Contact: Susan Preston
At UMDNJ-Robert Wood Johnson Medical School
Psoriasis Study Results Presented at American Academy of Dermatology
Alice Gottlieb, M.D., Ph.D., professor of medicine at the University
of Medicine and Dentistry of New Jersey (UMDNJ)-Robert Wood Johnson
Medical School, will present positive results from a pivotal Phase
3 study of ENBREL (etanercept) in the treatment of psoriasis at
the 61st Annual Meeting of the American Academy of Dermatology
in San Francisco.
"The study demonstrated that patients treated with ENBREL experienced
rapid, significant, and sustained improvement in their symptoms,"
said Gottlieb. "Patients treated with ENBREL experienced an impressive
response in skin lesions and quality of life in as early as two
weeks, and nearly 60 percent of patients achieved at least a 75
percent improvement in their symptoms over the six month period."
In the study (n=652), 49 percent of patients treated with 50
mg of ENBREL twice weekly achieved at least a 75 percent improvement
compared to placebo after three months of therapy. Continued improvement
was seen throughout the study. Nearly 60 percent of patients receiving
ENBREL 50 mg twice a week achieved at least a 75 percent improvement
after six months of therapy. Similar results were seen among patients
treated with 25 mg of ENBREL twice weekly, with 34 percent of
patients achieving at least a 75 percent improvement after three
months of therapy and 44 percent improving after six months.
These improvements were accompanied by significant and clinically
important improvements in physician global assessment of psoriasis,
patient global assessment, and in health-related quality of life
as measured by the Dermatology Life Quality Index and EuroQoL 5D
"With ENBREL, dermatologists and patients benefit from a combination
of dramatic clearing of the skin, improvement in subjective measures
of quality of life and a proven safety record in the treatment
of more than 150,000 patients," said Gottlieb.
ENBREL was generally well tolerated in the studies and adverse
events were similar to those occurring in patients receiving placebo.
The most frequent adverse events were injection site reactions.
Psoriasis is an inflammatory disease affecting nearly 7 million
people in the United States, with approximately 1 million classified
as appropriate for biologic therapy. It can significantly impact
a patient's quality of life and is characterized by chronic inflammation
of the skin. This inflammation drives the formation of skin plaques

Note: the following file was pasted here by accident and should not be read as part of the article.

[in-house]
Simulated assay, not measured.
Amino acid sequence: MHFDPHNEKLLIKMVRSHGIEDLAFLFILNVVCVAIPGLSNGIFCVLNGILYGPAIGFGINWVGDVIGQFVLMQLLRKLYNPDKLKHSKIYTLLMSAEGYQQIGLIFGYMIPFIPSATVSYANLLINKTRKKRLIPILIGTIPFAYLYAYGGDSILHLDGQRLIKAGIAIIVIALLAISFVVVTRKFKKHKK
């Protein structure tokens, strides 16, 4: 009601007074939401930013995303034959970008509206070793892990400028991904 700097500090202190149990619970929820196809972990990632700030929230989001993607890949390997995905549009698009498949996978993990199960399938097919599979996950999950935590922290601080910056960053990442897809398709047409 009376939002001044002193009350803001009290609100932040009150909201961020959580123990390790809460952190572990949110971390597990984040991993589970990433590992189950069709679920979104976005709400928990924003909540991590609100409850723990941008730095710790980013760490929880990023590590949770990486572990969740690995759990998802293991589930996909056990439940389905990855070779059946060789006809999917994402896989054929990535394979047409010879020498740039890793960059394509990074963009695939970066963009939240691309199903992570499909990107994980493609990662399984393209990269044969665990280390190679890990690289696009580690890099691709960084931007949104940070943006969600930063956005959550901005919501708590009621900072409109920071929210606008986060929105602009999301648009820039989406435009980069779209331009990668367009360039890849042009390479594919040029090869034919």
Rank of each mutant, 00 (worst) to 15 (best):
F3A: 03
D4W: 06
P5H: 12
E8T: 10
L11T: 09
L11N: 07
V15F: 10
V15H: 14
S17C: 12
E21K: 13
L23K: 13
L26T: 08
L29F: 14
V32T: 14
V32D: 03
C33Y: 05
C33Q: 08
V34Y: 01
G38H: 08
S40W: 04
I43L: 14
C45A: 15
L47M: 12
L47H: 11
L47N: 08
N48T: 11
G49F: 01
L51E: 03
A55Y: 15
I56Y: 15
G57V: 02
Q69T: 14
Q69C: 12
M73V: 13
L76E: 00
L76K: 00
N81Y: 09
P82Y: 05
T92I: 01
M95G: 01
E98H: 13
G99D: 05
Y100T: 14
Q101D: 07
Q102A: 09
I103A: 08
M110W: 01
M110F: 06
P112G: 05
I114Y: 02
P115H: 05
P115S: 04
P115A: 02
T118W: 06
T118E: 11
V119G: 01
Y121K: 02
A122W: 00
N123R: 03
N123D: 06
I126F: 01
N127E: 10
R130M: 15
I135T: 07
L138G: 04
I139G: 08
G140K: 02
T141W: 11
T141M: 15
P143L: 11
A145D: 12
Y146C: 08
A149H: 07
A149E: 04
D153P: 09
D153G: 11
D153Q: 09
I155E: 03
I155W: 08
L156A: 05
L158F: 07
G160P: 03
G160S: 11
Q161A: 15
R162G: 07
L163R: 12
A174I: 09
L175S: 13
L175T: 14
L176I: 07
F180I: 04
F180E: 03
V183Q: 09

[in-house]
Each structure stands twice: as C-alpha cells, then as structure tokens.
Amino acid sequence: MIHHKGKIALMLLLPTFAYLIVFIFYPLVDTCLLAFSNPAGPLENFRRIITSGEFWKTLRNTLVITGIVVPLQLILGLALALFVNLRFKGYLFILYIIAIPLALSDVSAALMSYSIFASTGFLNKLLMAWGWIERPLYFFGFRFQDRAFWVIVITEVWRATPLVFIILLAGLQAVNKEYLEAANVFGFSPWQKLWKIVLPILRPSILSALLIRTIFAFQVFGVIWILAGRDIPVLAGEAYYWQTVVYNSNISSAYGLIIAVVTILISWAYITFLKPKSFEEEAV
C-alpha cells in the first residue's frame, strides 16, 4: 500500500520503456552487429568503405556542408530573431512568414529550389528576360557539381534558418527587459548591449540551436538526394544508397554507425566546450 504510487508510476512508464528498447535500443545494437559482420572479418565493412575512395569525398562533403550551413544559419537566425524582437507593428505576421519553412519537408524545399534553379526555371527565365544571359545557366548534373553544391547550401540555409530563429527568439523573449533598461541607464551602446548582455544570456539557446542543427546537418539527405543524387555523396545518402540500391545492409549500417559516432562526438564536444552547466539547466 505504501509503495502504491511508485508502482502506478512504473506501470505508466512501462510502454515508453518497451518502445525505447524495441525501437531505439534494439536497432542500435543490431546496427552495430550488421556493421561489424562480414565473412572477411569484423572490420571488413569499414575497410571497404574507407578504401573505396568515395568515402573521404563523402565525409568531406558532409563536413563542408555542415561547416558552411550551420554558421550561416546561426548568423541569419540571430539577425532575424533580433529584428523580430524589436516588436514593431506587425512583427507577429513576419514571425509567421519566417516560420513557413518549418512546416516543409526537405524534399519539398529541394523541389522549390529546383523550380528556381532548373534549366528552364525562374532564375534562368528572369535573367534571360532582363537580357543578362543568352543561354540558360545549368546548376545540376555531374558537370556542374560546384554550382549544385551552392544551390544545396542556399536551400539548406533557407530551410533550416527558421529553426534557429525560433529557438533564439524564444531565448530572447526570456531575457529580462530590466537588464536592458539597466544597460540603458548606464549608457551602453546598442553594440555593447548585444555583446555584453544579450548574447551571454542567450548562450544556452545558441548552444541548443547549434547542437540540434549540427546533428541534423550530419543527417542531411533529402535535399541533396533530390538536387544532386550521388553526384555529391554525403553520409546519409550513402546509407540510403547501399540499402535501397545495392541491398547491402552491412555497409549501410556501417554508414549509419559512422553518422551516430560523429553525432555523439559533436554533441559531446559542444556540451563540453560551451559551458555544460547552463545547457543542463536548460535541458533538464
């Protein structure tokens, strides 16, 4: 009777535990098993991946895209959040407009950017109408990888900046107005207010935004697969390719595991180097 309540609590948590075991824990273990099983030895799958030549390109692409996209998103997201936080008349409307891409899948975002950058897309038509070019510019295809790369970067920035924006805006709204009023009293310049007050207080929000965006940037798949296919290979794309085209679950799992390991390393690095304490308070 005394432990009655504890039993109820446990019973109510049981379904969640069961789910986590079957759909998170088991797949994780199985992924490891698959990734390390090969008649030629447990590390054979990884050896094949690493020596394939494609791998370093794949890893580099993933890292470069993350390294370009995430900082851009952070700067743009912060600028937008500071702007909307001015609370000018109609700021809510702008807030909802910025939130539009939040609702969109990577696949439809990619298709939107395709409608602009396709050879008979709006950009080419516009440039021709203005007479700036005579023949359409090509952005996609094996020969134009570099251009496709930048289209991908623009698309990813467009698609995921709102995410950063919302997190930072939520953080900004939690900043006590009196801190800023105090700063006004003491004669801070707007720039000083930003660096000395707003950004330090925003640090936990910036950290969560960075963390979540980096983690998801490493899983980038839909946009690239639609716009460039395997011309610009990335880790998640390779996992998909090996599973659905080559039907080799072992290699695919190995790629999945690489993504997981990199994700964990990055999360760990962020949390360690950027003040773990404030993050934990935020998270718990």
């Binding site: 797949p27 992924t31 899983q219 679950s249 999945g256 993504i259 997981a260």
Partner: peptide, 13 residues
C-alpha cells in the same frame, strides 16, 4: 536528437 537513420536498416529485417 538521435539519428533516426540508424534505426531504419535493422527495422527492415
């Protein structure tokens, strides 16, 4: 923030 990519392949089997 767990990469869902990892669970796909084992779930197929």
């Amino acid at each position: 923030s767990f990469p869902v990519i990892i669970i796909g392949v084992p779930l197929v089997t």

that are painful and disfiguring. Tumor necrosis factor (TNF)
is found at high levels in psoriatic plaques, and plays a critical
role in their formation and maintenance.
ENBREL is the only fully human anti-TNF receptor approved for
use to reduce the signs and symptoms of active arthritis in patients
with psoriatic arthritis, and to reduce the signs and symptoms
and inhibit the structural damage in patients with moderately
to severely active rheumatoid arthritis (RA). ENBREL is the only
biologic therapy approved to treat newly diagnosed RA patients,
and can be used alone. It is also approved to reduce the signs
and symptoms of moderately to severely active polyarticular-course
juvenile rheumatoid arthritis (JRA) in patients who have had an
inadequate response to disease-modifying medicines.
Physicians have become familiar with the benefits and proven
long-term tolerability profile of ENBREL. It has been used to
treat over 150,000 patients worldwide since becoming commercially
available four years ago.
ENBREL acts by binding TNF, one of the dominant inflammatory
cytokines or regulatory proteins that play an important role in
both normal immune function and the cascade of reactions that
causes the inflammatory process. The binding of ENBREL to TNF
renders the bound TNF biologically inactive, resulting in significant
reduction in inflammatory activity.
The University of Medicine and Dentistry of New Jersey comprises
the state's only three medical schools, its only dental school,
a graduate school of biomedical sciences, school of health related
professions, school of nursing and a school of public health on
campuses in Newark, Piscataway/New Brunswick, Scotch Plains, Camden
and Stratford. UMDNJ also operates UMDNJ-University Hospital in
Newark and University Behavioral HealthCare. It is affiliated
with more than 200 health care and educational institutions throughout